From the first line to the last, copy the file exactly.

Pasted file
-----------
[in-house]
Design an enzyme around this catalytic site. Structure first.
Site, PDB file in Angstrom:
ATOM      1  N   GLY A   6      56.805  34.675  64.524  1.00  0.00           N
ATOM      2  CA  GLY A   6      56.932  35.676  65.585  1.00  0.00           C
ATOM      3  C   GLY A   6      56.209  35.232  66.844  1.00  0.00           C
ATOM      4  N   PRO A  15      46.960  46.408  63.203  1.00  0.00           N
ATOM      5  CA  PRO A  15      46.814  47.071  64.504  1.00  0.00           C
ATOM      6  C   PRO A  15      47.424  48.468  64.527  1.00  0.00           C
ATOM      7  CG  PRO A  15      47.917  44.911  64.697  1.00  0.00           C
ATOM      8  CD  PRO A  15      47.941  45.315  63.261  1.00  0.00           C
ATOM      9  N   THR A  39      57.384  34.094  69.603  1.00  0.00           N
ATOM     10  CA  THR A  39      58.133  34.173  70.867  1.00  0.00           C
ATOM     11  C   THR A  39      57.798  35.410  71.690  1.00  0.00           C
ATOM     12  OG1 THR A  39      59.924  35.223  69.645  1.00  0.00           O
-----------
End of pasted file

[in-house]
Design an enzyme around this catalytic site. Structure first.
Site, PDB file in Angstrom:
ATOM      1  N   GLY A   6      56.805  34.675  64.524  1.00  0.00           N
ATOM      2  CA  GLY A   6      56.932  35.676  65.585  1.00  0.00           C
ATOM      3  C   GLY A   6      56.209  35.232  66.844  1.00  0.00           C
ATOM      4  N   PRO A  15      46.960  46.408  63.203  1.00  0.00           N
ATOM      5  CA  PRO A  15      46.814  47.071  64.504  1.00  0.00           C
ATOM      6  C   PRO A  15      47.424  48.468  64.527  1.00  0.00           C
ATOM      7  CG  PRO A  15      47.917  44.911  64.697  1.00  0.00           C
ATOM      8  CD  PRO A  15      47.941  45.315  63.261  1.00  0.00           C
ATOM      9  N   THR A  39      57.384  34.094  69.603  1.00  0.00           N
ATOM     10  CA  THR A  39      58.133  34.173  70.867  1.00  0.00           C
ATOM     11  C   THR A  39      57.798  35.410  71.690  1.00  0.00           C
ATOM     12  OG1 THR A  39      59.924  35.223  69.645  1.00  0.00           O